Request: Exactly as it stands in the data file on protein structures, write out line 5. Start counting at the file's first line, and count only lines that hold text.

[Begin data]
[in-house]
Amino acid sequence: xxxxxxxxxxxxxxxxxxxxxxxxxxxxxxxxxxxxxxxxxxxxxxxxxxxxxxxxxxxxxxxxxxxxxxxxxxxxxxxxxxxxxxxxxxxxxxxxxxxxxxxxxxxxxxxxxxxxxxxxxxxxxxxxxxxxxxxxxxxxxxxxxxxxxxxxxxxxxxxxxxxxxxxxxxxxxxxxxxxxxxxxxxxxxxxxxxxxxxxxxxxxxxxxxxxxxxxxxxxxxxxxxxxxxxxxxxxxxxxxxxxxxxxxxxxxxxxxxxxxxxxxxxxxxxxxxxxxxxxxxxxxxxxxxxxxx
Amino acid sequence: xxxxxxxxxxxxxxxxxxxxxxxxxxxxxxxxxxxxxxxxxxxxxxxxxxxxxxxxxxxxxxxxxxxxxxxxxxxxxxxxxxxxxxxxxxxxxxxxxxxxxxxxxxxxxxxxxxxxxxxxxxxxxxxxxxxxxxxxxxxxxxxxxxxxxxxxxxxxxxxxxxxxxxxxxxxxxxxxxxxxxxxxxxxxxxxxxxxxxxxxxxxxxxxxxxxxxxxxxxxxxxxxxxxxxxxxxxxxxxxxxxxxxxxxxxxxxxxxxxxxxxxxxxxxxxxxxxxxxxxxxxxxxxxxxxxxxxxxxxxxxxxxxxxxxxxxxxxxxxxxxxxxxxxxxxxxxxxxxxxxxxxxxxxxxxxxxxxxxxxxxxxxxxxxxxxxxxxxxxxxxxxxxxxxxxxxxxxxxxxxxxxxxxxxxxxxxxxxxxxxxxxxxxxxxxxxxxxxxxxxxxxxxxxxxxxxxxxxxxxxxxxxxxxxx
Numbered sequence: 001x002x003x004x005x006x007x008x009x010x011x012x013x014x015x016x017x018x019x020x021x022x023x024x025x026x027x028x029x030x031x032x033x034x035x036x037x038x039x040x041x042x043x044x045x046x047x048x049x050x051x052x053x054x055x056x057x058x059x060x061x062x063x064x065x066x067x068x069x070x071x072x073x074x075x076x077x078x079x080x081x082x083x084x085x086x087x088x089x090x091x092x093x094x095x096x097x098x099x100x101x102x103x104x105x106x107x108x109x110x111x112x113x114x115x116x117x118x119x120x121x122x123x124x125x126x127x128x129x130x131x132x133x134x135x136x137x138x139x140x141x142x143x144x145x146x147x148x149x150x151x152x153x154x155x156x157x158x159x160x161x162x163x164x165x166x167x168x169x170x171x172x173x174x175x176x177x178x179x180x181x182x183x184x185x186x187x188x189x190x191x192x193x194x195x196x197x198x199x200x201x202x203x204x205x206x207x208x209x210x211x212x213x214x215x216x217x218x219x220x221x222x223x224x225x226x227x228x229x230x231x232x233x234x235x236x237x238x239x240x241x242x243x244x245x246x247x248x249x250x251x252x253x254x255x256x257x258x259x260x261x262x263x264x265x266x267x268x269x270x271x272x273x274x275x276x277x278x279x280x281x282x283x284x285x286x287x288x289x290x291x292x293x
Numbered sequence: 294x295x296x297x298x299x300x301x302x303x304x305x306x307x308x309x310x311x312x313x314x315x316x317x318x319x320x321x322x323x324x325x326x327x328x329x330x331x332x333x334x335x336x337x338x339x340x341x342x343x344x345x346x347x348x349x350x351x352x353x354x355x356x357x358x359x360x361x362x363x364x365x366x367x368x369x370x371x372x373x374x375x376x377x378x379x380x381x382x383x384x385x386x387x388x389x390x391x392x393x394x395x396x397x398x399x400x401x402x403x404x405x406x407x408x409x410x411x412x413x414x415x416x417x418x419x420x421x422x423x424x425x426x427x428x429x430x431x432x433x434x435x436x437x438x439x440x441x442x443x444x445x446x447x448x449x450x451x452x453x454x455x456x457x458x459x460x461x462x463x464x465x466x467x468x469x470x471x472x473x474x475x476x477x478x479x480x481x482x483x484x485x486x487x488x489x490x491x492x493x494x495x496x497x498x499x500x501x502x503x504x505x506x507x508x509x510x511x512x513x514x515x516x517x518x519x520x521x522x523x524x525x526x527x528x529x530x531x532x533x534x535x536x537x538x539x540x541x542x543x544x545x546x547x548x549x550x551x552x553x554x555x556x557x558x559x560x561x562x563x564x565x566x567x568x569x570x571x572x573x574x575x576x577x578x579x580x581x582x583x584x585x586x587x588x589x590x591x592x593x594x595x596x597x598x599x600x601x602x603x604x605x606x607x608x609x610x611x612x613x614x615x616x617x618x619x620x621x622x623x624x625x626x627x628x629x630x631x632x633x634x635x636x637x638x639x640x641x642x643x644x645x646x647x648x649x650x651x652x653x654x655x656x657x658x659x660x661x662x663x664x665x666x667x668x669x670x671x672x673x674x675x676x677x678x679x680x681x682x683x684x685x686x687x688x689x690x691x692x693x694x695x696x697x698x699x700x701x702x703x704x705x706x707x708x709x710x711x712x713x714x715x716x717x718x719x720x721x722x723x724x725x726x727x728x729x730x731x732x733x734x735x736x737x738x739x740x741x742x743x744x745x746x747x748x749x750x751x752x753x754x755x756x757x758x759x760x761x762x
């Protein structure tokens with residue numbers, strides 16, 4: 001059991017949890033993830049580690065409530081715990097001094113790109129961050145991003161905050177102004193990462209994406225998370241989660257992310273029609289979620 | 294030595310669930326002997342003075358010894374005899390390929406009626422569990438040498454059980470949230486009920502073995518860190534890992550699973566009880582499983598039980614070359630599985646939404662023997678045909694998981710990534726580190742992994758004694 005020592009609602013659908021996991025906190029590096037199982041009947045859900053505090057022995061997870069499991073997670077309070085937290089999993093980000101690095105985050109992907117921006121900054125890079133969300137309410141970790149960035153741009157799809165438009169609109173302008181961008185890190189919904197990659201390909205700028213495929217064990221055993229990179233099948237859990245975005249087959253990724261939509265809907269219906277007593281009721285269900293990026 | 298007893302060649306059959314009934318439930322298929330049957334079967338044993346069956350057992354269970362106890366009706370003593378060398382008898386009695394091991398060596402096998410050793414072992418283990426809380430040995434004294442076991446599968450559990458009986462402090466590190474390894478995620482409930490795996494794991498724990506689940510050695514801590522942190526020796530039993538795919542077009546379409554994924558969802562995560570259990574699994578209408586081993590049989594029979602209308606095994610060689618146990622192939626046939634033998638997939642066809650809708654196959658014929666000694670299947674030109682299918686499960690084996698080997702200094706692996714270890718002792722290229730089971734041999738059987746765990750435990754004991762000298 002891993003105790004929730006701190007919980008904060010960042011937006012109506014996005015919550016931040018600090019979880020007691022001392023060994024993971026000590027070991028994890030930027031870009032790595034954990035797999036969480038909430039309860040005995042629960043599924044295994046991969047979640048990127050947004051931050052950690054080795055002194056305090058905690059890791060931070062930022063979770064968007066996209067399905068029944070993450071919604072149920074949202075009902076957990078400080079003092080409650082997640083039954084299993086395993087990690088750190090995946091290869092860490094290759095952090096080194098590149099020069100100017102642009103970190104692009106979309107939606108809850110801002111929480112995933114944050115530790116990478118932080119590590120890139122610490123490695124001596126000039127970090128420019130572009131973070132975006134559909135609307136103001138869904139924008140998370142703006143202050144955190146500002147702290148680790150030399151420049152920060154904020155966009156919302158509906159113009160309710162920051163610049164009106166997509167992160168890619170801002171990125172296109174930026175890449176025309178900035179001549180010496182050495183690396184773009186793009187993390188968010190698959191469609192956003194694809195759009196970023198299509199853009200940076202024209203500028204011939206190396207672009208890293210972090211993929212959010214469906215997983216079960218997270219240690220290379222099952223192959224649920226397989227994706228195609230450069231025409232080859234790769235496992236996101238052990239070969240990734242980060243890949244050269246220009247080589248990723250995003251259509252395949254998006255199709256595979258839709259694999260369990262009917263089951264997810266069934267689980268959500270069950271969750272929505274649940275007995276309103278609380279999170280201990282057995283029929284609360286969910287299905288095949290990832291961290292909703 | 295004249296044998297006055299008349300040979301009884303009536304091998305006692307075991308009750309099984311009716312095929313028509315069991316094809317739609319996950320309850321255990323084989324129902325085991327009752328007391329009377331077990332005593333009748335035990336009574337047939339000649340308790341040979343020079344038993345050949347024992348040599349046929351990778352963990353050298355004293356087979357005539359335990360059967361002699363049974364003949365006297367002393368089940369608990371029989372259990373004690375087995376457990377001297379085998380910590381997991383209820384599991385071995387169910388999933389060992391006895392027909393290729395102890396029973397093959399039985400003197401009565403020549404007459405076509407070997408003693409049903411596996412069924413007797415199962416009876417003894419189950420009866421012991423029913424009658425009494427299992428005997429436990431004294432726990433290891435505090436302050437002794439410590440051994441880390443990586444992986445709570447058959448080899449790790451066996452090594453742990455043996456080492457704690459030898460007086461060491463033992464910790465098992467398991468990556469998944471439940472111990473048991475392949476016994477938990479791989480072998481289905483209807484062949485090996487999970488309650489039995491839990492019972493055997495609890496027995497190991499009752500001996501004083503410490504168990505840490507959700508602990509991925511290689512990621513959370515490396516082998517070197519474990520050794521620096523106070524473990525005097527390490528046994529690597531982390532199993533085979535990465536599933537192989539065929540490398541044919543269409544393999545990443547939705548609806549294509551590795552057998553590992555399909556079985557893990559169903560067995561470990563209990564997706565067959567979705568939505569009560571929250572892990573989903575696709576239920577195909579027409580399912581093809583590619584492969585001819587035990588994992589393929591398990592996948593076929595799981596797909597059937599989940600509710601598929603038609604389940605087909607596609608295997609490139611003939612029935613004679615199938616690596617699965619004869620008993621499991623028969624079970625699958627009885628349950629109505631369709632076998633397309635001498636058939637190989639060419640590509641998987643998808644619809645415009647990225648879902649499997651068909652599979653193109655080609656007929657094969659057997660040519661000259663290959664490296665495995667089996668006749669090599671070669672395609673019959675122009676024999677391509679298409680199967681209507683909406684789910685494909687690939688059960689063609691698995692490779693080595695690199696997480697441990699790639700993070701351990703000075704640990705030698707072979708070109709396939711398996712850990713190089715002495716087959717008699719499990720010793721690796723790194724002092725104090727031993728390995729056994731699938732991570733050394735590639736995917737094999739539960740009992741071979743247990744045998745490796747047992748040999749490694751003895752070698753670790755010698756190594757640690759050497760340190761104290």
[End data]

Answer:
Numbered sequence: 294x295x296x297x298x299x300x301x302x303x304x305x306x307x308x309x310x311x312x313x314x315x316x317x318x319x320x321x322x323x324x325x326x327x328x329x330x331x332x333x334x335x336x337x338x339x340x341x342x343x344x345x346x347x348x349x350x351x352x353x354x355x356x357x358x359x360x361x362x363x364x365x366x367x368x369x370x371x372x373x374x375x376x377x378x379x380x381x382x383x384x385x386x387x388x389x390x391x392x393x394x395x396x397x398x399x400x401x402x403x404x405x406x407x408x409x410x411x412x413x414x415x416x417x418x419x420x421x422x423x424x425x426x427x428x429x430x431x432x433x434x435x436x437x438x439x440x441x442x443x444x445x446x447x448x449x450x451x452x453x454x455x456x457x458x459x460x461x462x463x464x465x466x467x468x469x470x471x472x473x474x475x476x477x478x479x480x481x482x483x484x485x486x487x488x489x490x491x492x493x494x495x496x497x498x499x500x501x502x503x504x505x506x507x508x509x510x511x512x513x514x515x516x517x518x519x520x521x522x523x524x525x526x527x528x529x530x531x532x533x534x535x536x537x538x539x540x541x542x543x544x545x546x547x548x549x550x551x552x553x554x555x556x557x558x559x560x561x562x563x564x565x566x567x568x569x570x571x572x573x574x575x576x577x578x579x580x581x582x583x584x585x586x587x588x589x590x591x592x593x594x595x596x597x598x599x600x601x602x603x604x605x606x607x608x609x610x611x612x613x614x615x616x617x618x619x620x621x622x623x624x625x626x627x628x629x630x631x632x633x634x635x636x637x638x639x640x641x642x643x644x645x646x647x648x649x650x651x652x653x654x655x656x657x658x659x660x661x662x663x664x665x666x667x668x669x670x671x672x673x674x675x676x677x678x679x680x681x682x683x684x685x686x687x688x689x690x691x692x693x694x695x696x697x698x699x700x701x702x703x704x705x706x707x708x709x710x711x712x713x714x715x716x717x718x719x720x721x722x723x724x725x726x727x728x729x730x731x732x733x734x735x736x737x738x739x740x741x742x743x744x745x746x747x748x749x750x751x752x753x754x755x756x757x758x759x760x761x762x